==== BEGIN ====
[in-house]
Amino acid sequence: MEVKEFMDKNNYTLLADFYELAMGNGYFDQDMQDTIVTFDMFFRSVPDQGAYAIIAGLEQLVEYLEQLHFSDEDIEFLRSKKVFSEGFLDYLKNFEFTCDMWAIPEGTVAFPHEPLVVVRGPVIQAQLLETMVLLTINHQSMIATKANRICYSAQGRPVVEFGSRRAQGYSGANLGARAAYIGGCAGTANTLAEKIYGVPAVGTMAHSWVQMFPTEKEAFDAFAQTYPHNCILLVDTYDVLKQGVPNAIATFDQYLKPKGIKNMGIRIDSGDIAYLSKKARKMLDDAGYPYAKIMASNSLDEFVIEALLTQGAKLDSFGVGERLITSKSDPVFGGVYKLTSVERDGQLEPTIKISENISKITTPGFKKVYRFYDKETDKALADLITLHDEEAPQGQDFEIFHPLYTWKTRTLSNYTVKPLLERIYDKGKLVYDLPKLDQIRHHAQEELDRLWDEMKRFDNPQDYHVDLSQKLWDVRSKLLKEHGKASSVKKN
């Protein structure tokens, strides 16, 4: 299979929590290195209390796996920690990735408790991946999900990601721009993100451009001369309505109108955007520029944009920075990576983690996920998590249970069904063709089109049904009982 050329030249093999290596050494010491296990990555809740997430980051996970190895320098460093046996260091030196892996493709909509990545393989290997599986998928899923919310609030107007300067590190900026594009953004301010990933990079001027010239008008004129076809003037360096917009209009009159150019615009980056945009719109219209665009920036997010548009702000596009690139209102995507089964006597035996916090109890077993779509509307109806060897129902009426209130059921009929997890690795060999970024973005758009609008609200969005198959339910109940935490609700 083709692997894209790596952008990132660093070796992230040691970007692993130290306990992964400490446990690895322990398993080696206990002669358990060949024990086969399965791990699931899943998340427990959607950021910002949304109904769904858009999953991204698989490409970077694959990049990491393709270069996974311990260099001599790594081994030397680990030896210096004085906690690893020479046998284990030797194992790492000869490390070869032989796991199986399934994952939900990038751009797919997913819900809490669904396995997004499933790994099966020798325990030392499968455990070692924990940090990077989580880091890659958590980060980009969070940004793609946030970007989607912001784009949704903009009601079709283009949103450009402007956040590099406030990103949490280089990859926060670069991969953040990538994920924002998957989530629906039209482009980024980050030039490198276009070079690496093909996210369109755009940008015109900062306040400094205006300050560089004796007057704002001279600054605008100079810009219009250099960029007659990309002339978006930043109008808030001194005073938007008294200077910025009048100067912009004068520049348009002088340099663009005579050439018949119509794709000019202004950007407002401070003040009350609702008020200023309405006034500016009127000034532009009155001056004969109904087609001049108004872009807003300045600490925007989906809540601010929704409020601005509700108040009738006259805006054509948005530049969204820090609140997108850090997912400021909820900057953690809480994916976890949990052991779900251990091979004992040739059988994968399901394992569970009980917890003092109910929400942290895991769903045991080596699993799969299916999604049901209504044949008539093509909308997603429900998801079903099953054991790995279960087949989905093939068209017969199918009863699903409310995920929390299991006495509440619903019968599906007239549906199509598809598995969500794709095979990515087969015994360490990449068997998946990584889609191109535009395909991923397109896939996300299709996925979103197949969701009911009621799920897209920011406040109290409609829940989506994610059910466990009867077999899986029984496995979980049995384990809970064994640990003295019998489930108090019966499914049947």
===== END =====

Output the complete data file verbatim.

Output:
[in-house]
Amino acid sequence: MEVKEFMDKNNYTLLADFYELAMGNGYFDQDMQDTIVTFDMFFRSVPDQGAYAIIAGLEQLVEYLEQLHFSDEDIEFLRSKKVFSEGFLDYLKNFEFTCDMWAIPEGTVAFPHEPLVVVRGPVIQAQLLETMVLLTINHQSMIATKANRICYSAQGRPVVEFGSRRAQGYSGANLGARAAYIGGCAGTANTLAEKIYGVPAVGTMAHSWVQMFPTEKEAFDAFAQTYPHNCILLVDTYDVLKQGVPNAIATFDQYLKPKGIKNMGIRIDSGDIAYLSKKARKMLDDAGYPYAKIMASNSLDEFVIEALLTQGAKLDSFGVGERLITSKSDPVFGGVYKLTSVERDGQLEPTIKISENISKITTPGFKKVYRFYDKETDKALADLITLHDEEAPQGQDFEIFHPLYTWKTRTLSNYTVKPLLERIYDKGKLVYDLPKLDQIRHHAQEELDRLWDEMKRFDNPQDYHVDLSQKLWDVRSKLLKEHGKASSVKKN
């Protein structure tokens, strides 16, 4: 299979929590290195209390796996920690990735408790991946999900990601721009993100451009001369309505109108955007520029944009920075990576983690996920998590249970069904063709089109049904009982 050329030249093999290596050494010491296990990555809740997430980051996970190895320098460093046996260091030196892996493709909509990545393989290997599986998928899923919310609030107007300067590190900026594009953004301010990933990079001027010239008008004129076809003037360096917009209009009159150019615009980056945009719109219209665009920036997010548009702000596009690139209102995507089964006597035996916090109890077993779509509307109806060897129902009426209130059921009929997890690795060999970024973005758009609008609200969005198959339910109940935490609700 083709692997894209790596952008990132660093070796992230040691970007692993130290306990992964400490446990690895322990398993080696206990002669358990060949024990086969399965791990699931899943998340427990959607950021910002949304109904769904858009999953991204698989490409970077694959990049990491393709270069996974311990260099001599790594081994030397680990030896210096004085906690690893020479046998284990030797194992790492000869490390070869032989796991199986399934994952939900990038751009797919997913819900809490669904396995997004499933790994099966020798325990030392499968455990070692924990940090990077989580880091890659958590980060980009969070940004793609946030970007989607912001784009949704903009009601079709283009949103450009402007956040590099406030990103949490280089990859926060670069991969953040990538994920924002998957989530629906039209482009980024980050030039490198276009070079690496093909996210369109755009940008015109900062306040400094205006300050560089004796007057704002001279600054605008100079810009219009250099960029007659990309002339978006930043109008808030001194005073938007008294200077910025009048100067912009004068520049348009002088340099663009005579050439018949119509794709000019202004950007407002401070003040009350609702008020200023309405006034500016009127000034532009009155001056004969109904087609001049108004872009807003300045600490925007989906809540601010929704409020601005509700108040009738006259805006054509948005530049969204820090609140997108850090997912400021909820900057953690809480994916976890949990052991779900251990091979004992040739059988994968399901394992569970009980917890003092109910929400942290895991769903045991080596699993799969299916999604049901209504044949008539093509909308997603429900998801079903099953054991790995279960087949989905093939068209017969199918009863699903409310995920929390299991006495509440619903019968599906007239549906199509598809598995969500794709095979990515087969015994360490990449068997998946990584889609191109535009395909991923397109896939996300299709996925979103197949969701009911009621799920897209920011406040109290409609829940989506994610059910466990009867077999899986029984496995979980049995384990809970064994640990003295019998489930108090019966499914049947």